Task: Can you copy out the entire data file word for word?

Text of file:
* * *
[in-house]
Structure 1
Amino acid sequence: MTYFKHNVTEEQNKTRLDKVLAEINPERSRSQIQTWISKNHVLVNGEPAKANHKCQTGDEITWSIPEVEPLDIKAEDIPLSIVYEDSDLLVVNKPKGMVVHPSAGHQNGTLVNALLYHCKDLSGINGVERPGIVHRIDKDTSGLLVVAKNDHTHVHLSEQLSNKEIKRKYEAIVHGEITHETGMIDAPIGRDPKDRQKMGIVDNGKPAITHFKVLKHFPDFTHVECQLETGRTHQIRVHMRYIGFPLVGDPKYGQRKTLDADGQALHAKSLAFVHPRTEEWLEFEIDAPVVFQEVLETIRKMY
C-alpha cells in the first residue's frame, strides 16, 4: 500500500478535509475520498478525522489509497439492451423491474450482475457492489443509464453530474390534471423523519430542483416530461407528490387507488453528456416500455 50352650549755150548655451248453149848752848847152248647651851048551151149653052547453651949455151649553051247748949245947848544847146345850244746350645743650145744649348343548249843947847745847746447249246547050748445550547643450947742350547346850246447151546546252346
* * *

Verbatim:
[in-house]
Structure 1
Amino acid sequence: MTYFKHNVTEEQNKTRLDKVLAEINPERSRSQIQTWISKNHVLVNGEPAKANHKCQTGDEITWSIPEVEPLDIKAEDIPLSIVYEDSDLLVVNKPKGMVVHPSAGHQNGTLVNALLYHCKDLSGINGVERPGIVHRIDKDTSGLLVVAKNDHTHVHLSEQLSNKEIKRKYEAIVHGEITHETGMIDAPIGRDPKDRQKMGIVDNGKPAITHFKVLKHFPDFTHVECQLETGRTHQIRVHMRYIGFPLVGDPKYGQRKTLDADGQALHAKSLAFVHPRTEEWLEFEIDAPVVFQEVLETIRKMY
C-alpha cells in the first residue's frame, strides 16, 4: 500500500478535509475520498478525522489509497439492451423491474450482475457492489443509464453530474390534471423523519430542483416530461407528490387507488453528456416500455 50352650549755150548655451248453149848752848847152248647651851048551151149653052547453651949455151649553051247748949245947848544847146345850244746350645743650145744649348343548249843947847745847746447249246547050748445550547643450947742350547346850246447151546546252346